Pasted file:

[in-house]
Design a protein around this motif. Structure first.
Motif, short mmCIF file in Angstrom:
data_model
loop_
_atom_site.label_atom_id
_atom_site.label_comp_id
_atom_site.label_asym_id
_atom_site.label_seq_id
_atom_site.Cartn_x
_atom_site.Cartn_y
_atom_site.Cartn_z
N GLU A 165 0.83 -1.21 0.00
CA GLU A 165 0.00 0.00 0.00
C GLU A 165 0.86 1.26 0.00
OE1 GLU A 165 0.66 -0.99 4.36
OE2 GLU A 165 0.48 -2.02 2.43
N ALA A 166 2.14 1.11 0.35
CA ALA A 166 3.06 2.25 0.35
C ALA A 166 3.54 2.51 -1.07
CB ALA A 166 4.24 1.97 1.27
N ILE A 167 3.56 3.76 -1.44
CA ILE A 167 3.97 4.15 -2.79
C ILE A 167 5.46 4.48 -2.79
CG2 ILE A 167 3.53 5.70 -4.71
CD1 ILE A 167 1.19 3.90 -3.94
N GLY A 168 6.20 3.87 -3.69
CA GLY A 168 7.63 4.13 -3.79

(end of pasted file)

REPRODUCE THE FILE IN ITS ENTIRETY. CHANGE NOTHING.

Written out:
[in-house]
Design a protein around this motif. Structure first.
Motif, short mmCIF file in Angstrom:
data_model
loop_
_atom_site.label_atom_id
_atom_site.label_comp_id
_atom_site.label_asym_id
_atom_site.label_seq_id
_atom_site.Cartn_x
_atom_site.Cartn_y
_atom_site.Cartn_z
N GLU A 165 0.83 -1.21 0.00
CA GLU A 165 0.00 0.00 0.00
C GLU A 165 0.86 1.26 0.00
OE1 GLU A 165 0.66 -0.99 4.36
OE2 GLU A 165 0.48 -2.02 2.43
N ALA A 166 2.14 1.11 0.35
CA ALA A 166 3.06 2.25 0.35
C ALA A 166 3.54 2.51 -1.07
CB ALA A 166 4.24 1.97 1.27
N ILE A 167 3.56 3.76 -1.44
CA ILE A 167 3.97 4.15 -2.79
C ILE A 167 5.46 4.48 -2.79
CG2 ILE A 167 3.53 5.70 -4.71
CD1 ILE A 167 1.19 3.90 -3.94
N GLY A 168 6.20 3.87 -3.69
CA GLY A 168 7.63 4.13 -3.79